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Trump Rally or Geopolitical Meltdown: Currency Management for Dollar Risk

Currencies / US Dollar May 15, 2017 - 09:15 AM GMT

By: Submissions

Currencies

The dollar index, which measures the strength of the U.S. currency against a basket of other major currencies, hit a 14-year high on January 3rd of this year. The USD’s reinvigorated bull run after Donald Trump was elected as Barrack Obama’s successor as President of the U.S.A, on expectations for major infrastructure spending and tax cuts during his mandate, has featured prominently in the news. However, the U.S. dollar has more quietly been on an extended rally for a few years now and despite its worst January in 30 years since that early post-New Year peak, many analysts expect that to continue over 2017.


The Stronger Dollar Scenario

Millennium Global CEO, Mark Astley, recently told CNBC that he expects the dollar to strengthen against the pound to around £1:$1.20 by some point this year as well as achieving at least parity with the euro. In addition to infrastructure spending, loosening of regulations imposed on the finance sector after the global crisis and tax cuts, the Federal Reserve is also expected to raise interest rates by 0.25% two or three times over the course of 2017. This would further strengthen the dollar by making the U.S. a more attractive destination for foreign capital.

The Weaker Dollar Scenario

There is, however, an alternative scenario. Trump has already demonstrated that he has a protectionist inclination when it comes to international trade deals. One of his first actions after taking office was to scrap the Trans-Pacific Partnership, a trade deal the Obama administration had been negotiating for a number of years between the U.S.A and 11 Pacific Rim nations, including Japan and Australia. The deal had finally been agreed upon but not yet ratification by Congress. He also labelled the North American Free Trade Agreement, a trilateral accord between the U.S.A, Canada and Mexico as the ‘worst deal in history’ and vowed to renegotiate or withdraw from it.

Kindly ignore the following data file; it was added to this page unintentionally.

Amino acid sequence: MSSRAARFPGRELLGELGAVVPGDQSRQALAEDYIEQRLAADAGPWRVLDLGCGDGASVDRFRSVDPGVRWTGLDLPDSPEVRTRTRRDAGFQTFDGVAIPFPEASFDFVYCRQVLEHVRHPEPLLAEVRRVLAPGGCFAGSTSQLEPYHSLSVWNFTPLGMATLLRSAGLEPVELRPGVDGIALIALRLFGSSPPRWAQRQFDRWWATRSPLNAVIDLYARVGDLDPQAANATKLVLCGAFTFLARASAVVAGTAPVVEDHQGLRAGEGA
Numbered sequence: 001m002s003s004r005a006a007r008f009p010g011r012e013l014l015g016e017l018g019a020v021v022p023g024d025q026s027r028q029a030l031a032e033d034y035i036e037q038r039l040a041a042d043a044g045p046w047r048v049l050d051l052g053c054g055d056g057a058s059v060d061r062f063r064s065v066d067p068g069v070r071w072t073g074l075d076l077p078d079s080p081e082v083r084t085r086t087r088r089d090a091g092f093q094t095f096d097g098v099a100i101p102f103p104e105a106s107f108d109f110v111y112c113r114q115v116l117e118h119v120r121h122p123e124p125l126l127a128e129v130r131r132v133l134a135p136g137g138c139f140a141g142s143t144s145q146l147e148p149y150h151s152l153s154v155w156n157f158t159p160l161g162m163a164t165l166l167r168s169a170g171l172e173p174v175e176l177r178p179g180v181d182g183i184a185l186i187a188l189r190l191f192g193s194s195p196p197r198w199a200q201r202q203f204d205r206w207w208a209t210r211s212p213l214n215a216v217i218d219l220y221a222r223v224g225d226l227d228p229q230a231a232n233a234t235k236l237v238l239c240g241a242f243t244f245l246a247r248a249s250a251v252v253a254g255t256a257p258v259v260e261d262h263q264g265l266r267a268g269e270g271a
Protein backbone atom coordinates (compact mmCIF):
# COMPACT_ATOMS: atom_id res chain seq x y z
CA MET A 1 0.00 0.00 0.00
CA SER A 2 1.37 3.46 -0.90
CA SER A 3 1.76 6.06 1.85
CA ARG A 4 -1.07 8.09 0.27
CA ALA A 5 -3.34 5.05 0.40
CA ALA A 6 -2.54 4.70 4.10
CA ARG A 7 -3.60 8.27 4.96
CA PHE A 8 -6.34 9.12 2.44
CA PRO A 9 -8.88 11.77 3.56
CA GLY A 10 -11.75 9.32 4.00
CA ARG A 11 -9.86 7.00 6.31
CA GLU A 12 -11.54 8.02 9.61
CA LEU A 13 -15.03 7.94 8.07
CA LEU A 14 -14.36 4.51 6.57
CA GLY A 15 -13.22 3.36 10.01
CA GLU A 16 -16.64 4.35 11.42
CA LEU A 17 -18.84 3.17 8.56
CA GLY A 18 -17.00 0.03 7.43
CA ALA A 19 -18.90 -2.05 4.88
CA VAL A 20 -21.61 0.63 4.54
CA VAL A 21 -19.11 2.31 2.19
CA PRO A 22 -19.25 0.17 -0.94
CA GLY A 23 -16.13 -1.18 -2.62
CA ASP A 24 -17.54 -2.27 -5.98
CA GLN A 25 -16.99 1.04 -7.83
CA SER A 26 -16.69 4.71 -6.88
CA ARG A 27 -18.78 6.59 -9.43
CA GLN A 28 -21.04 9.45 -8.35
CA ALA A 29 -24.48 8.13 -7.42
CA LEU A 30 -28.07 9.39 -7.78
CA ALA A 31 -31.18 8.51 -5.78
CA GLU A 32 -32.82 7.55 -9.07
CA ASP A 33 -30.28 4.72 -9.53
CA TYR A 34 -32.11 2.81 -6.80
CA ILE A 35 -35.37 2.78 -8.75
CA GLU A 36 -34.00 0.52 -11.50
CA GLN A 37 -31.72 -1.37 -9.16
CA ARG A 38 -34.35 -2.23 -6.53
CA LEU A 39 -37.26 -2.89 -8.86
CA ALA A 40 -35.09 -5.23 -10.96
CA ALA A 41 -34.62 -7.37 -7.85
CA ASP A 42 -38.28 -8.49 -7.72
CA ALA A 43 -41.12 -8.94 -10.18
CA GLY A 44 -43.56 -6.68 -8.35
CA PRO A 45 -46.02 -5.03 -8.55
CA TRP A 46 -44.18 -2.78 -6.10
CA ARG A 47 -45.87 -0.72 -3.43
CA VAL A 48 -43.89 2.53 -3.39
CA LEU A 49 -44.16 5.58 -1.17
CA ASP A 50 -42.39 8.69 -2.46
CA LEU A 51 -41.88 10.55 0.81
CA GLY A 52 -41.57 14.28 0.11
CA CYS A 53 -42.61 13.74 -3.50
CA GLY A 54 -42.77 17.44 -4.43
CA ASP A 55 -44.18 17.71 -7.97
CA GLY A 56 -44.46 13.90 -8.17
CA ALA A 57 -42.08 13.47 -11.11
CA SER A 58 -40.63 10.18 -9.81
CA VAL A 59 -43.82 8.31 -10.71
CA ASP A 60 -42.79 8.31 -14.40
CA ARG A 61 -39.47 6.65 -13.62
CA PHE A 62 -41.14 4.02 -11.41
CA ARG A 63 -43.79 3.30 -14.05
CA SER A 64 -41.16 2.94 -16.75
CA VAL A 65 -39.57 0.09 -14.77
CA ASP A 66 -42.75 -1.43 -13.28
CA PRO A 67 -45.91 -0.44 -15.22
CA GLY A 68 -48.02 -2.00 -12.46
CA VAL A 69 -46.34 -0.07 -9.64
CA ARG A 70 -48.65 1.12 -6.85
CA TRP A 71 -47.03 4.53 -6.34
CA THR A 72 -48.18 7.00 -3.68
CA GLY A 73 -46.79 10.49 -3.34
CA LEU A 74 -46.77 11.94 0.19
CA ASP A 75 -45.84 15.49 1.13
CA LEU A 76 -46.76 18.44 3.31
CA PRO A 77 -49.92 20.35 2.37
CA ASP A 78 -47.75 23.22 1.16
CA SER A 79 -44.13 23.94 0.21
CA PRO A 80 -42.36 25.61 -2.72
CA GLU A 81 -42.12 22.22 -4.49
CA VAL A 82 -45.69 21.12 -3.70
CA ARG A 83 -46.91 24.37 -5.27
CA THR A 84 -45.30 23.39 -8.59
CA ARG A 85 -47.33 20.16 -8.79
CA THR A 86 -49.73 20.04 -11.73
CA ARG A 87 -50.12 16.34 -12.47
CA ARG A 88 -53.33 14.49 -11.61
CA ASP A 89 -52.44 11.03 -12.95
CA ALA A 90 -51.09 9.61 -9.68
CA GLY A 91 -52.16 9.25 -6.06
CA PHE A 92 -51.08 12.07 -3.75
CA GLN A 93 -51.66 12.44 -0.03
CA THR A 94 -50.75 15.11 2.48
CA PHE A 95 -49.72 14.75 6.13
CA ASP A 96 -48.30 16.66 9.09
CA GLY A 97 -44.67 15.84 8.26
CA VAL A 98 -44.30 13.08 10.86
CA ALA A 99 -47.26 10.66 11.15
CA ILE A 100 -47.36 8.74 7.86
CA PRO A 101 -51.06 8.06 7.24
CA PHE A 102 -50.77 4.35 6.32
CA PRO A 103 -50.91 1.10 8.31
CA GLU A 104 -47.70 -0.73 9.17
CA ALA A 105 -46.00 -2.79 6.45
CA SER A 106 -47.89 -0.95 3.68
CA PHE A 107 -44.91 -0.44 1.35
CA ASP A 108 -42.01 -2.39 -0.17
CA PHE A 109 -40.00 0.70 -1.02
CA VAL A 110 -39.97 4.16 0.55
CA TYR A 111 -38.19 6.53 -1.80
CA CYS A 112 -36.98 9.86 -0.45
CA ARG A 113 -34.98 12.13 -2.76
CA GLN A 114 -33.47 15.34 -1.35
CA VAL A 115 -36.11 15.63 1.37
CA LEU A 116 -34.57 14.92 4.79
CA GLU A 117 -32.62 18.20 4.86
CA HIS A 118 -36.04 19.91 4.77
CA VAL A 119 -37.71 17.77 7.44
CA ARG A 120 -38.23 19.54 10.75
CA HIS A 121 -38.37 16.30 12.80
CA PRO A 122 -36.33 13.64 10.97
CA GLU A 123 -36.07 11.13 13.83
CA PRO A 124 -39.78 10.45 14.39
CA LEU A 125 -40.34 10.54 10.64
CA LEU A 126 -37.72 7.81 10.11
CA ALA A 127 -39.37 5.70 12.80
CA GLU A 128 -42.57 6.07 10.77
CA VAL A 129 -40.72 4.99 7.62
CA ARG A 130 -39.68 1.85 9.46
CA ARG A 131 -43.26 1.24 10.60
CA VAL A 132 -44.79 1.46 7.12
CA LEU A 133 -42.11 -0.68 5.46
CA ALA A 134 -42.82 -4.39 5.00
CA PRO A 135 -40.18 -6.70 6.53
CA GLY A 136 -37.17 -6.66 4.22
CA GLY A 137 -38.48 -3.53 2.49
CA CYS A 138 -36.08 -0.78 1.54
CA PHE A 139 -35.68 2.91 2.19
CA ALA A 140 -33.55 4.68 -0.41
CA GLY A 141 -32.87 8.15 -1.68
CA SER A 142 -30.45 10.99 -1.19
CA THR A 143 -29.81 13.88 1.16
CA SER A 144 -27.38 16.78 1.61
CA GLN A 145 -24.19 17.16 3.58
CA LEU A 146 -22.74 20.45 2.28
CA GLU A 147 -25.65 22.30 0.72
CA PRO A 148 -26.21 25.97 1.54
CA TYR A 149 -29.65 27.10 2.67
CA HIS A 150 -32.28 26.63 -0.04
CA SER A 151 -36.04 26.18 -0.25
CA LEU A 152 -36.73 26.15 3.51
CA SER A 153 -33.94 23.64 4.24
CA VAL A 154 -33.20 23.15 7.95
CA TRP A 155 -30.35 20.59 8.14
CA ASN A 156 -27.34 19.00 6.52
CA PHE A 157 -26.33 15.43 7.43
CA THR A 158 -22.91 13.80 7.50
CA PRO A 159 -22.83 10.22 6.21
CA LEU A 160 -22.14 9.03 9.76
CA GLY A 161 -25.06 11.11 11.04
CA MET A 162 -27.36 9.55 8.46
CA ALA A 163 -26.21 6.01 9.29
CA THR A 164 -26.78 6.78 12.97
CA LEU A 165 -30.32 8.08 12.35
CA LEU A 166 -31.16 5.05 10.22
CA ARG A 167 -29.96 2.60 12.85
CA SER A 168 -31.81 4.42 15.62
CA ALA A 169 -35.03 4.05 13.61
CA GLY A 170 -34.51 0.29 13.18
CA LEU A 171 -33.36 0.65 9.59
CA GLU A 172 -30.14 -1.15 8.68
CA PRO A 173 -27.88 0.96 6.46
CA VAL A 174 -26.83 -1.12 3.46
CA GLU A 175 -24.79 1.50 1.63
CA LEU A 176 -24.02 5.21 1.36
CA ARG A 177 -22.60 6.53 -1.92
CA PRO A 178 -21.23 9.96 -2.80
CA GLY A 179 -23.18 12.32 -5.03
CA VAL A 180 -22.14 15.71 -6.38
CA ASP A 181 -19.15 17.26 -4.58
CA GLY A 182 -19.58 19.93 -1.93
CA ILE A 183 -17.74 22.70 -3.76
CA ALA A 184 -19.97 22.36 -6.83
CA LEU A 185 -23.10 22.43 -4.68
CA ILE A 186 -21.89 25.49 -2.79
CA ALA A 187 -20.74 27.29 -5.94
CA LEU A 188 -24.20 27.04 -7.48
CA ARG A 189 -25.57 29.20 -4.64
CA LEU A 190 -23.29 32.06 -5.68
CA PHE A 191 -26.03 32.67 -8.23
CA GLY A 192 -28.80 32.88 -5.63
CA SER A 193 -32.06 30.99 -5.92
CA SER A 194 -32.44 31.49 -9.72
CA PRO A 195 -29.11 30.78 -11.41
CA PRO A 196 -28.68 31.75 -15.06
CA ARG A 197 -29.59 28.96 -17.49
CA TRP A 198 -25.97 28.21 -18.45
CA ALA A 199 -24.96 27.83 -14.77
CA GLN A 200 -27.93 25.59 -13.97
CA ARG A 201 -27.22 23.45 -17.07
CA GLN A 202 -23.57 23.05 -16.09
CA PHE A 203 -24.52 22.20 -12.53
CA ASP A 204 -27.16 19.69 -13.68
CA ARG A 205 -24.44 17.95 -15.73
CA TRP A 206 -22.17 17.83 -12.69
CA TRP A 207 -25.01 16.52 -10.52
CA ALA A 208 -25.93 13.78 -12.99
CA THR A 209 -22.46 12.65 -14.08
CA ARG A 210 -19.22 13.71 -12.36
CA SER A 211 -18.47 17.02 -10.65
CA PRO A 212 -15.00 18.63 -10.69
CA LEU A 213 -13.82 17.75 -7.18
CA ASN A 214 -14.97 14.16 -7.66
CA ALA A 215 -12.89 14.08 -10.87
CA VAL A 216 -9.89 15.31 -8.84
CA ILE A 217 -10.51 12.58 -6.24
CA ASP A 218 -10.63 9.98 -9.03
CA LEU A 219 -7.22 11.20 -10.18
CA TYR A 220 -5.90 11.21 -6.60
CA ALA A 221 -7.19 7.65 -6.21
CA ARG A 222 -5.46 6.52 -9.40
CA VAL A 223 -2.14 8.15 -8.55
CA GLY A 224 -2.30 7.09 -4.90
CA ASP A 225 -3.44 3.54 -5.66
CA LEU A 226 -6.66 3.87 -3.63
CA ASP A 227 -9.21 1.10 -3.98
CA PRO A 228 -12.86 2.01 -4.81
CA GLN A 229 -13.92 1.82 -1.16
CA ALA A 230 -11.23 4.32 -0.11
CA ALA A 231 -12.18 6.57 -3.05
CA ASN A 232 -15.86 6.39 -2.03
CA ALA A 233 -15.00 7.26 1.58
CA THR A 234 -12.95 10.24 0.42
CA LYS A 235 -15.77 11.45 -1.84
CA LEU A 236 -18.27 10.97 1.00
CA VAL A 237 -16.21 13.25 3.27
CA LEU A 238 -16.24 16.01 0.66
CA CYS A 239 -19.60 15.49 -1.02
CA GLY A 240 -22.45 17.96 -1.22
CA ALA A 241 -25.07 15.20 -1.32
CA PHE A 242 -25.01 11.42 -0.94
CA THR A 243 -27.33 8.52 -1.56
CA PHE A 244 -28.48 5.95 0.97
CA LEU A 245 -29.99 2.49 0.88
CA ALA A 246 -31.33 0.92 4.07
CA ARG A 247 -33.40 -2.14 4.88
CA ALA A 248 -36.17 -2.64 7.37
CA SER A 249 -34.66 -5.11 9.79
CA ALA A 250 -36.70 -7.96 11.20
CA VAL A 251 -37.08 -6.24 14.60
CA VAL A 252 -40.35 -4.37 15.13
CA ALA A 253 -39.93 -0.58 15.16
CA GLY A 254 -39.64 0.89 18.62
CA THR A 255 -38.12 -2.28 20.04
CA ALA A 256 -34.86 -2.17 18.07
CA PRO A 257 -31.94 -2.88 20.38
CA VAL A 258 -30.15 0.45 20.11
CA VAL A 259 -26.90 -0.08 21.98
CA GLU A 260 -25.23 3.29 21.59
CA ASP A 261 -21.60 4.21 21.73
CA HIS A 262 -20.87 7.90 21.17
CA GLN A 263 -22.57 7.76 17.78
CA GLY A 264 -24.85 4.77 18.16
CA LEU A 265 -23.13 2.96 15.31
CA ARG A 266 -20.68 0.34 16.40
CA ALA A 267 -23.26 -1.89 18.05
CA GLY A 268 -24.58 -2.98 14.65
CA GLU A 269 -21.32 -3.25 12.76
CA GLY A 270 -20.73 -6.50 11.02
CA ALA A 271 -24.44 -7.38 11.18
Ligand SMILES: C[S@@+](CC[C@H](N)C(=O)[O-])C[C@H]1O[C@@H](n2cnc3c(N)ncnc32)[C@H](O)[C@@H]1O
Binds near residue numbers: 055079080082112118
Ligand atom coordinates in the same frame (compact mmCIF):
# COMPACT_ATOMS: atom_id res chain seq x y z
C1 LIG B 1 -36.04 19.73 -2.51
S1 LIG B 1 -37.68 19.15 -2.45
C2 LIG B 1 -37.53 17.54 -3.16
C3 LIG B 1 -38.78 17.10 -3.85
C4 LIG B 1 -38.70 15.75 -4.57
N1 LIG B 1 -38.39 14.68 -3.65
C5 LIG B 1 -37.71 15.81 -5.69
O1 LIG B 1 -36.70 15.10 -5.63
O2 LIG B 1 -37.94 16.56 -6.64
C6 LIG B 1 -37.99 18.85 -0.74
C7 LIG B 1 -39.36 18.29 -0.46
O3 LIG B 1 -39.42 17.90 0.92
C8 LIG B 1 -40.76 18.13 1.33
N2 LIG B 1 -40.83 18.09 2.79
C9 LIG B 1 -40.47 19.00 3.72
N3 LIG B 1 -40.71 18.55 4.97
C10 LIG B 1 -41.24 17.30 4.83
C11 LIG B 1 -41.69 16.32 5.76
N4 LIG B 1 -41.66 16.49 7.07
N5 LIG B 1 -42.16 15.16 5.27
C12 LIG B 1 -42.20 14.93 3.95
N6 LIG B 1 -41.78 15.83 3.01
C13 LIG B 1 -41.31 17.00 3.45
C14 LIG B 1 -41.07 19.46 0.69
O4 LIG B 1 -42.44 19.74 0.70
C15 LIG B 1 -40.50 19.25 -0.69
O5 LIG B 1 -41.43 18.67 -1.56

Subsequent broadsides which labeled China, and more shockingly Germany, as currency manipulators taking unfair advantage of artificially weak currencies to make their exports more competitive led to a drop in the dollar in January. Many analysts fear that if Trump takes protectionist policies too far it would have a negative impact on economic growth in the U.S.A, hurting the dollar.

The other concern is Trump’s aggressive approach to international relations. He has already provoked divisions with traditional allies and trade partners in Europe and called into question NATO’s continuing relevance and U.S. military spending on European defence. An attempted travel ban for nationals of several Muslim-majority countries, which has subsequently been overruled in court, also caused international outrage. That was followed by a no-compromise stance on news that Iran had tested ballistic missiles, a contravention of the 2015 deal which led to international sanctions against the country being dropped. He immediately raised new sanctions.

Managing Currency Risk

Most market participants and analysts believe the more likely scenario over the next couple of years is a stronger dollar. However, they are also concerned by initial indications that Trump’s presidency might lead to an unwinding of globalization and that he has the potential make decisions and enact policies that would threaten geopolitical stability. An uncertain outlook could also potentially provoke the Fed into reconsidering the pace of the interest rate hikes it is currently planning.

This has led Millennium Global’s Astley to balance his prediction for a stronger dollar with a word of caution:

“Given the uncertainty in the outlook for U.S. interest rates and the path of the U.S. economy after the presidential election, the outlook for the U.S. dollar is far less clear than in the prior three years”.

So, in an environment where there is heightened potential for opposing scenarios on dollar strength over the medium term, how should money managers and other investors manage their foreign currency exposure? Well, there are two main schools of thought on the question:

  1. Do nothing, currency fluctuations are short term

This approach is comprised of two central tenants. The first is the belief that over the longer term currencies revert to their mean. The second is that for an investor to favour an asset they must also have a positive position on the currency that asset is denominated in as the factors which would lead to that asset appreciating would also strengthen the underlying currency. Ie. investing in a U.S. domiciled asset, or one denominated in dollars, implies faith in the U.S. economy and, subsequently, the dollar.